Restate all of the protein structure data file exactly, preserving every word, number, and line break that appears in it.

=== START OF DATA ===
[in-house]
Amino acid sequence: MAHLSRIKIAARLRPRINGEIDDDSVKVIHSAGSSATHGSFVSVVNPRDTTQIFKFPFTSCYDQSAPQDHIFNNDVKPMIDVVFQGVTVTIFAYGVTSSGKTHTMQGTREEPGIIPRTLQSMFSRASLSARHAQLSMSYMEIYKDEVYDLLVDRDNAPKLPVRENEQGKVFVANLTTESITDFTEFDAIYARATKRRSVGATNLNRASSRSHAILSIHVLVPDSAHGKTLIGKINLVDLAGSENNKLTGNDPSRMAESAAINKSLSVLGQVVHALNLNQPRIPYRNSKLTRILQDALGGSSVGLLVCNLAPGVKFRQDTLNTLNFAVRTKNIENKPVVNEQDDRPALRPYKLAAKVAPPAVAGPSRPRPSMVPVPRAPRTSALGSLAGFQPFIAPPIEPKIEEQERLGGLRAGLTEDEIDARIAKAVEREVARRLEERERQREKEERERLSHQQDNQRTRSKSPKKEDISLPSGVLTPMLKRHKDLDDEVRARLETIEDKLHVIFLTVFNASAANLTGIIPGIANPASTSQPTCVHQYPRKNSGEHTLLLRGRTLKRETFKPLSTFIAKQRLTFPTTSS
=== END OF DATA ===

[in-house]
Amino acid sequence: MAHLSRIKIAARLRPRINGEIDDDSVKVIHSAGSSATHGSFVSVVNPRDTTQIFKFPFTSCYDQSAPQDHIFNNDVKPMIDVVFQGVTVTIFAYGVTSSGKTHTMQGTREEPGIIPRTLQSMFSRASLSARHAQLSMSYMEIYKDEVYDLLVDRDNAPKLPVRENEQGKVFVANLTTESITDFTEFDAIYARATKRRSVGATNLNRASSRSHAILSIHVLVPDSAHGKTLIGKINLVDLAGSENNKLTGNDPSRMAESAAINKSLSVLGQVVHALNLNQPRIPYRNSKLTRILQDALGGSSVGLLVCNLAPGVKFRQDTLNTLNFAVRTKNIENKPVVNEQDDRPALRPYKLAAKVAPPAVAGPSRPRPSMVPVPRAPRTSALGSLAGFQPFIAPPIEPKIEEQERLGGLRAGLTEDEIDARIAKAVEREVARRLEERERQREKEERERLSHQQDNQRTRSKSPKKEDISLPSGVLTPMLKRHKDLDDEVRARLETIEDKLHVIFLTVFNASAANLTGIIPGIANPASTSQPTCVHQYPRKNSGEHTLLLRGRTLKRETFKPLSTFIAKQRLTFPTTSS